New Jersey Gov. Signs Ban on 'Ex-Gay Therapy'
BY Sunnivie Brydum
August 19 2013 1:01 PM ET
New Jersey just became the second state in the U.S. to outlaw the practice of so-called sexual orientation change efforts, also known as "ex-gay" or "reparative" therapy, that seeks to turn gay people straight.
With Republican governor Chris Christie's signature on the bill Monday morning, New Jersey banned the scientifically discredited practice on minors, which advocates testified before the state legislature amounts to little more than child abuse. The legislation passed through both chambers of the legislature with bipartisan support, but Christie was hesitant to confirm whether or not he would sign the bill into law. Monday was his last day to either sign the bill or veto it; if the governor had done neither, the bill would have become law by default.
Christie told CNN that he was still concerned that the legislation indicates "government limiting parental choice," but he ultimately sided with overwhelming scientific evidence proving that sexual orientation efforts are harmful to those subjected to them.
"The American Psychological Association has found that efforts to change sexual orientations can pose critical health risks including, but not limited to, depression, substance abuse, social withdrawal, decreased self-esteem and suicidal thoughts," Christie said while signing the bill, according to CNN. "I believe that exposing children to these health risks without clear evidence of benefits that outweigh these serious risks is not appropriate."
The bill is based on similar landmark legislation in California, and prohibits licensed therapists, psychiatrists, social workers, and counselors from engaging in efforts to change the sexual orientation of minors.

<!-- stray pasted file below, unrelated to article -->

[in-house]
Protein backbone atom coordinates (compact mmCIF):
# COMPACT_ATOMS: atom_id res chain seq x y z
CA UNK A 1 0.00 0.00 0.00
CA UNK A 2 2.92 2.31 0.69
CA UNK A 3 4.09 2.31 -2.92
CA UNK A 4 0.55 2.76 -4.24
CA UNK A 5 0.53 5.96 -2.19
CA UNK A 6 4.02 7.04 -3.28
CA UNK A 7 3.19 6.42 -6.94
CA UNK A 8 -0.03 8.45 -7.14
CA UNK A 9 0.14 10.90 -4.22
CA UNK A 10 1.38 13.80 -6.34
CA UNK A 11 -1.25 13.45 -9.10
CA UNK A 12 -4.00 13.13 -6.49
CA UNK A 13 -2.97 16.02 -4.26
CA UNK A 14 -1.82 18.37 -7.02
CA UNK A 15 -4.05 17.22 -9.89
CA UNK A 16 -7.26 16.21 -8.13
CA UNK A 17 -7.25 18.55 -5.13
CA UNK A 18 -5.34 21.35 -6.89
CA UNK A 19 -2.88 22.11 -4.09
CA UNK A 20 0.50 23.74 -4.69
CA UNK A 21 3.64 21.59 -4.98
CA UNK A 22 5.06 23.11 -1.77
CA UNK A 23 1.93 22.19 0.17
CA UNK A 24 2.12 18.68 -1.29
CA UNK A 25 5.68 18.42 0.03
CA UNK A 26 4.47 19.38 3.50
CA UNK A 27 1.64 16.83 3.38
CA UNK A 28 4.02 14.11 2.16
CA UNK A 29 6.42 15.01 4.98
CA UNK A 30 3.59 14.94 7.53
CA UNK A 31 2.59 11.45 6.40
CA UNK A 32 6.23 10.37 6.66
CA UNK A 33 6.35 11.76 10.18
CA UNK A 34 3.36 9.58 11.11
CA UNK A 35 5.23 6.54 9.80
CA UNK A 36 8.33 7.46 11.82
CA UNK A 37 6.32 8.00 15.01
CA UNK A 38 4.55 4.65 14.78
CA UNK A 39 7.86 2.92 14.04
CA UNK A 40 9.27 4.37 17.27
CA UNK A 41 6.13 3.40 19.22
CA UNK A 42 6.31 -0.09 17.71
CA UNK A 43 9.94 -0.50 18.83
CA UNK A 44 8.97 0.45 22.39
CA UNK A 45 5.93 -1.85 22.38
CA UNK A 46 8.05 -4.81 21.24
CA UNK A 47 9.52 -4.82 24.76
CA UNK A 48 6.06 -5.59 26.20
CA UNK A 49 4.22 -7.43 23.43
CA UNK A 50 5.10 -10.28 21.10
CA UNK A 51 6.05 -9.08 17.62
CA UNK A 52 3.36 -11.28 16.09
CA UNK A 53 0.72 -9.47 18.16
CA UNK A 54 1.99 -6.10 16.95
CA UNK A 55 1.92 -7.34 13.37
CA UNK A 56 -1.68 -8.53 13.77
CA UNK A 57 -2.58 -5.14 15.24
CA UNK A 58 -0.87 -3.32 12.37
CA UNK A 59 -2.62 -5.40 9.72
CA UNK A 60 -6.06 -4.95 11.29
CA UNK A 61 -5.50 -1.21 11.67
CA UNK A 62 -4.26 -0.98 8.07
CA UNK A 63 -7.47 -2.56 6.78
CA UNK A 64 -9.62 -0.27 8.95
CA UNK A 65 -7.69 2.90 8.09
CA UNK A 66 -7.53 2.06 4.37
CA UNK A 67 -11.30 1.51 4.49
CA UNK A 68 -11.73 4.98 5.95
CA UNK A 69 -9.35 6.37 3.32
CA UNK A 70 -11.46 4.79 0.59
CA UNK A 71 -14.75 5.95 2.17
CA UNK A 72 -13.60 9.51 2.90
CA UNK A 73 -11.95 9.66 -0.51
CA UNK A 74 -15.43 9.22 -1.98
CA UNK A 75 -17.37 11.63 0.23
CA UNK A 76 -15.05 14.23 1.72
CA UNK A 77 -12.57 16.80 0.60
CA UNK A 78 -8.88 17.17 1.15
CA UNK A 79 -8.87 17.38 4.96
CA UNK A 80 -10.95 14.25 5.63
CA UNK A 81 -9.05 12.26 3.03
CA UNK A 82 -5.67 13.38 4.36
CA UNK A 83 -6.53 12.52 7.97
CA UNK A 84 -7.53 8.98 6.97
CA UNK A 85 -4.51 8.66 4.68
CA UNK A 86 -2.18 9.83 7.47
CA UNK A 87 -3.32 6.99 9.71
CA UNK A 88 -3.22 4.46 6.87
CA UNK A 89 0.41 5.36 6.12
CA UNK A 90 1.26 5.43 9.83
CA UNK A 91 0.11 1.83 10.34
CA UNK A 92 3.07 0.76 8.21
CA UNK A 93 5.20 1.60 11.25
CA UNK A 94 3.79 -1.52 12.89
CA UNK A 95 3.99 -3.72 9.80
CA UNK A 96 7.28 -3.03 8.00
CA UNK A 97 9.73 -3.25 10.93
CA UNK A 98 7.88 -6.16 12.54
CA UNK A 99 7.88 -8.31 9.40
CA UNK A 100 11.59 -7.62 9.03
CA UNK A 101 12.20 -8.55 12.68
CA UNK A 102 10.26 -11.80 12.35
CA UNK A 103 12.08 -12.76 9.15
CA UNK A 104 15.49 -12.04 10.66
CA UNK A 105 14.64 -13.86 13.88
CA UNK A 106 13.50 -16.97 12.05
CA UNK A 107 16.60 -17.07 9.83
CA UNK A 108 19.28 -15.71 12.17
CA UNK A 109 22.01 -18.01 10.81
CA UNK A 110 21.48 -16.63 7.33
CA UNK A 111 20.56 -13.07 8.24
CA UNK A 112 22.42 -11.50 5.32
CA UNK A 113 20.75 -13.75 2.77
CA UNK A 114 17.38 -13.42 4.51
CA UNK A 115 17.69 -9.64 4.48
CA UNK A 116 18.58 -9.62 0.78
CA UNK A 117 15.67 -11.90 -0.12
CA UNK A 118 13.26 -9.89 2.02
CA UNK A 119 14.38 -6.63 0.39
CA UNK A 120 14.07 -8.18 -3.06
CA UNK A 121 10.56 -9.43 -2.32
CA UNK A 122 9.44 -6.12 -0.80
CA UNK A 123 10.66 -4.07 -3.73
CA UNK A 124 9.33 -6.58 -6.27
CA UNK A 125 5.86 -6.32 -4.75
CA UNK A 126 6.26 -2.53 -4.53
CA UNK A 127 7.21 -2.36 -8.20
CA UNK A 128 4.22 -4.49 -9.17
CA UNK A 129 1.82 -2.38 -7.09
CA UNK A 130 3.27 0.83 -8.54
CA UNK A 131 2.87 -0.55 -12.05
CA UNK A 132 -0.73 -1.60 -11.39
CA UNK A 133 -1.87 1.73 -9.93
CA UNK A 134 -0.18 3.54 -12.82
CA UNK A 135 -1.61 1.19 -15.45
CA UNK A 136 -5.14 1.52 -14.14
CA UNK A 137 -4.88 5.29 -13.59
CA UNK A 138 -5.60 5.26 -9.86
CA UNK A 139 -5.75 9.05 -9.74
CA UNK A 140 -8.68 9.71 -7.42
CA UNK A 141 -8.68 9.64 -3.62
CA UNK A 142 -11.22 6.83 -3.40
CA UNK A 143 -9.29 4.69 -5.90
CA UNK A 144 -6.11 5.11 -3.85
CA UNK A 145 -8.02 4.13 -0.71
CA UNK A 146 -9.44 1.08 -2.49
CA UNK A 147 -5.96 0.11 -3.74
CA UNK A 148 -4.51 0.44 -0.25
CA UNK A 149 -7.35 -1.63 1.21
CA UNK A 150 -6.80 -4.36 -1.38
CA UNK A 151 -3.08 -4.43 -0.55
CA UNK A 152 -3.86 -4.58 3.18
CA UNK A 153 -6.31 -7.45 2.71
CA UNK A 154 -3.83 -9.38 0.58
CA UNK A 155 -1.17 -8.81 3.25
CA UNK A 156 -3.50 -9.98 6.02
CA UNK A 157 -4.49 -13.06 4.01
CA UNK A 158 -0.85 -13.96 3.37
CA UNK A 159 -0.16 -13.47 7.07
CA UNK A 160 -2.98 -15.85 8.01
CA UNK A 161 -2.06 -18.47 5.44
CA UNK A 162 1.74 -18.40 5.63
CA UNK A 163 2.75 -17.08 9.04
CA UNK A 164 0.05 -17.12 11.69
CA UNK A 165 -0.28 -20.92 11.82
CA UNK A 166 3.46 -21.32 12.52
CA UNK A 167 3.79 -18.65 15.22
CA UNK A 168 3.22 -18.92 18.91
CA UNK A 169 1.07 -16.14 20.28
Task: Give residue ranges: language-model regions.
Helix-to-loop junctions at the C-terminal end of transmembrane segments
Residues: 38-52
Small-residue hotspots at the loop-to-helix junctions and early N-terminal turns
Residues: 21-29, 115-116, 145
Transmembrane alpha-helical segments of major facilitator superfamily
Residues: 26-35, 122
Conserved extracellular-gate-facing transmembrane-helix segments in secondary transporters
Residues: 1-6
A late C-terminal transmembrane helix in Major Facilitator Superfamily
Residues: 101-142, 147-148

LGBT advocates heralded the bill's passage. Garden State Equality told The New Civil Rights Movement that "there is no greater achievement than helping to stop the abuse of our youth."
"Today’s SOCE ban will do just that," continued the organization's executive director, Troy Stevenson. "It will protect young people from being abused by those they should trust the most, their parents and their 'doctors.' Garden State Equality thanks Assemblyman Tim Eustace and Sen, Raymond Lesniak for championing this law. We also commend the governor for signing this legislation, and we hope he is true to his word. We hope that his realization, that there is nothing wrong with our LGBT youth — and that there is nothing about them that needs to be fixed — will lead to a further evolution. It is our truest hope that the Governor will realize as the majority of the legislature and a super majority of the New Jersey public have realized, that the best way to ensure our LGBT youth are protected from the abuse of being ostracized, is to provide them with equality. We must provide all N.J. youth with acceptance, with hope for the future and yes, the promise of the dignity to marry the person that they love."
Truth Wins Out, a national organization that combats what it calls the "ex-gay myth," also celebrated the law's passage. "New Jersey's LGBT youth are safer today because an abusive practice has been banned that destroys families and shatters lives," said executive director Wayne Besen. "The New Jersey law gives tremendous momentum for moving forward with new efforts to protect LGBT youth across the nation. We must remember that conversion therapy isn't a legitimate form of therapy, but a political marketing gimmick designed to demonize and stigmatize LGBT people. This is why it is rejected by every respected mainstream medical and mental health association in America."
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